Braised food

In the kitchen with Ricky: Stout Braised Corned Beef is a twist on the classic dish

With St. Patrick’s Day next week, I wanted to share my take on classic corned beef. I’ve always loved St. Patrick’s Day. It feels like the start of spring, and I think we’re all ready for this new season to arrive.

I dream of four leaf clovers and leprechauns (as a kid I built a leprechaun trap to see if I could catch one to get some of their leftover gold), dressed in green, chasing rainbows and ending the day with corned beef and cabbage.

It was a tradition in our childhood, and we weren’t even Irish. There may be a bit of Irish somewhere on my dad’s side, but I digress. Year after year, I look forward to sharing this holiday with my friends and loved ones.

It wasn’t until I worked in the kitchen that I started to move away from the traditional preparation of boiling the vegetables in the pan with the corned beef, but these days it’s not not uncommon for me to prepare all the vegetables differently.

Whether it’s roasting potatoes, sautéing cabbage with leeks, and cooking carrots in butter and cumin, I like to mix it up and add more flavor. It has also become customary to serve meat and vegetables with Irish soda bread (this recipe will arrive next week).

I like to change up the way I flavor my soda bread or prepare my veggies, but the recipe here is how I always like to prepare the star of the meal: corned beef. Corning is the process of preserving food in salt water and has been used to prolong the edibility of meats in the days before refrigeration.

This recipe balances the natural saltiness of brisket, the bitterness of stout, the tartness of mustard and the sweetness of brown sugar and covers all four basic taste categories, in turn making this corned beef very appetizing and keeping you coming back for more.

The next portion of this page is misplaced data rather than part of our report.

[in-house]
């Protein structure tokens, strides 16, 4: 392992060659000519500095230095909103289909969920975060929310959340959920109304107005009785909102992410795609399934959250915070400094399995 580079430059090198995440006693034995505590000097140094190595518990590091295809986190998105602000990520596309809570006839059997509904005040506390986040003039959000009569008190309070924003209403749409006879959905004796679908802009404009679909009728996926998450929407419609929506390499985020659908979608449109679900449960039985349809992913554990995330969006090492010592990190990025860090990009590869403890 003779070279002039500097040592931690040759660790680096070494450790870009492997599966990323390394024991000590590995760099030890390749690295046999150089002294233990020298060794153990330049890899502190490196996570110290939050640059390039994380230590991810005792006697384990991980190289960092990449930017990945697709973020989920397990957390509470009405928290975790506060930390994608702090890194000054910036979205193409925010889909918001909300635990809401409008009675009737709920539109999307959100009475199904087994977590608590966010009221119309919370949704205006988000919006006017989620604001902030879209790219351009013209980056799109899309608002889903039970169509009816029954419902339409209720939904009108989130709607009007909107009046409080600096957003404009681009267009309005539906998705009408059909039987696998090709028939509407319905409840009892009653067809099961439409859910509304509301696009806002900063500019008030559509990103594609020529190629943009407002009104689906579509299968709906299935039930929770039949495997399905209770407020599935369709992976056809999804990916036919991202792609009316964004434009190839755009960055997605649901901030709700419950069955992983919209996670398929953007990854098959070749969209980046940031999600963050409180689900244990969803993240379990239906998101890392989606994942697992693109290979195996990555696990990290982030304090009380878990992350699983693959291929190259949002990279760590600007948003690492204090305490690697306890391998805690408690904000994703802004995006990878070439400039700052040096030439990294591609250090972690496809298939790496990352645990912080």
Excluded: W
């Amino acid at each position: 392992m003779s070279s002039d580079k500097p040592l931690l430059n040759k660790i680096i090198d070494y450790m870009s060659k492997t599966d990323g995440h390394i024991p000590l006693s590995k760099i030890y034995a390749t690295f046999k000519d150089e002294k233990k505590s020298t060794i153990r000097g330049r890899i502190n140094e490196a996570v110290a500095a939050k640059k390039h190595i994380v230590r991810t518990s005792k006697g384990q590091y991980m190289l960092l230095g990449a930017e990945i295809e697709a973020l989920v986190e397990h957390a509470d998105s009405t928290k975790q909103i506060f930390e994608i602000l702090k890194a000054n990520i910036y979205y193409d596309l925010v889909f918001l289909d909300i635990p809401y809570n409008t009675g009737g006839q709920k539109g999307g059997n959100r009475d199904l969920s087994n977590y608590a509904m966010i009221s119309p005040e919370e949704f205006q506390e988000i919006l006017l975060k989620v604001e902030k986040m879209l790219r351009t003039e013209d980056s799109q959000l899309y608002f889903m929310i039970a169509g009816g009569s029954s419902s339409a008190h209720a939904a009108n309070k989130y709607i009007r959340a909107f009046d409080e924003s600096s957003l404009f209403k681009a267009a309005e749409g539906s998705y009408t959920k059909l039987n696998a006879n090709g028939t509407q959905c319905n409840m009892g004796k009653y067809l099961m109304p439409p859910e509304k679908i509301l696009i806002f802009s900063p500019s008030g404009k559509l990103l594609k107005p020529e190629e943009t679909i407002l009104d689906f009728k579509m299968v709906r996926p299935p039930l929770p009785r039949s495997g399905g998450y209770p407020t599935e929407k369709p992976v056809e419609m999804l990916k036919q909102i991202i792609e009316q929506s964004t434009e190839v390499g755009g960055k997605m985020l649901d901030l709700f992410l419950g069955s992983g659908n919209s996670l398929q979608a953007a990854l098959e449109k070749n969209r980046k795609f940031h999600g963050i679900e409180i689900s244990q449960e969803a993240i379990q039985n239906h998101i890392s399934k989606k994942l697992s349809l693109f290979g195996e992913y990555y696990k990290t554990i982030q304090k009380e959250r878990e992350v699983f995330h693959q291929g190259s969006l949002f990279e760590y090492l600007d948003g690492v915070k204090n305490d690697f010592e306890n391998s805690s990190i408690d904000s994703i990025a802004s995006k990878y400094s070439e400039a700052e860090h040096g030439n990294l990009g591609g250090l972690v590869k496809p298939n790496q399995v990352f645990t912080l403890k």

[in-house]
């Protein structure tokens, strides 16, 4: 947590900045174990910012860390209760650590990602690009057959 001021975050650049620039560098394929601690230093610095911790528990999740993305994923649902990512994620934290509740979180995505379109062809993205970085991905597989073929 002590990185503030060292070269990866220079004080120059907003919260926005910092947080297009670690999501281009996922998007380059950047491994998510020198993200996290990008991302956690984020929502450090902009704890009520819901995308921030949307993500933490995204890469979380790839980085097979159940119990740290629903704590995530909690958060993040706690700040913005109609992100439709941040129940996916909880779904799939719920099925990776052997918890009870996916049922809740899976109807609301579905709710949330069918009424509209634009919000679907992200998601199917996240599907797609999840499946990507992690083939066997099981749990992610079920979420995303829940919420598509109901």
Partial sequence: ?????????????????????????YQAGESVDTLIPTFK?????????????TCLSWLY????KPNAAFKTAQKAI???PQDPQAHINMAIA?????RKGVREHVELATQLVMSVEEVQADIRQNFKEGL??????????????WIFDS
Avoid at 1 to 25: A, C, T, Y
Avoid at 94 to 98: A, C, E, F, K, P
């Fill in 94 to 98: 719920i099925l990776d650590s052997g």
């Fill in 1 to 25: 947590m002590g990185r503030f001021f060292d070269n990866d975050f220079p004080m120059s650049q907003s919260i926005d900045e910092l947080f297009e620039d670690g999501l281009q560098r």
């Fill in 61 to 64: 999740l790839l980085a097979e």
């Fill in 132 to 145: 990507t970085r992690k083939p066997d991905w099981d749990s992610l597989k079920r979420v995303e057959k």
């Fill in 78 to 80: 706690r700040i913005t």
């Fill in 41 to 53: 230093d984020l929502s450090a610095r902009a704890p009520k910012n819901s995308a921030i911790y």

The recipe is a homey take on the classic, and make more than you need because leftovers are welcome. I enjoy it the next morning as corned beef hash or thin slices for lunch; it makes a delicious sandwich. If you don’t want to use stout, you can substitute it with broth.

Stout Braised Corned Beef

4 pounds of corned beef, tip favorite

Seasoning packet included

2 bottles Guinness Stout, draft

1 medium yellow onion, quartered

2 dried bay leaves

2 carrots

2 stalks of celery

Water or broth

⅓ cup whole grain mustard

⅓ cup brown sugar

Rinse the corned beef under cold water and pat dry. In a Dutch oven with lid, add all the ingredients. Add just enough water or broth to almost cover.

Bring the pot to a boil and skim off any foam. Reduce heat to low, cover and simmer for 3 hours, turning breast after 2 hours.

Remove the corned beef from the pan and hollow out and discard all the vegetables. Set the oven to low broil and place a rack in the center of the oven.

Place the corned beef on a roasting pan or on a baking sheet with a cooking grate. Brush corned beef with mustard until top of breast is coated. Spread the brown sugar evenly over the mustard.

Place the brisket in the Dutch oven and watch the top carefully. You don’t want the filling to burn, but rather brown and bubbling.

When the top is at the desired doneness, remove the corned beef from the pot and let it rest for about 10 minutes before slicing.

If you want to cook your potatoes and cabbage in the boiling liquid, you will do so as soon as you remove the corned beef.

Bring broth to a simmer and add root vegetables. Cook for 10-12 minutes, then add the quartered cabbage. Cook the cabbage for another 10 minutes.

Strain and serve with the slices of corned beef.

Yield: 4 to 6 servings

Award-winning local chef and owner of Rind and Wheat, Ricky Webster, can be reached at [email protected] Follow Webster on Instagram @rickycaker.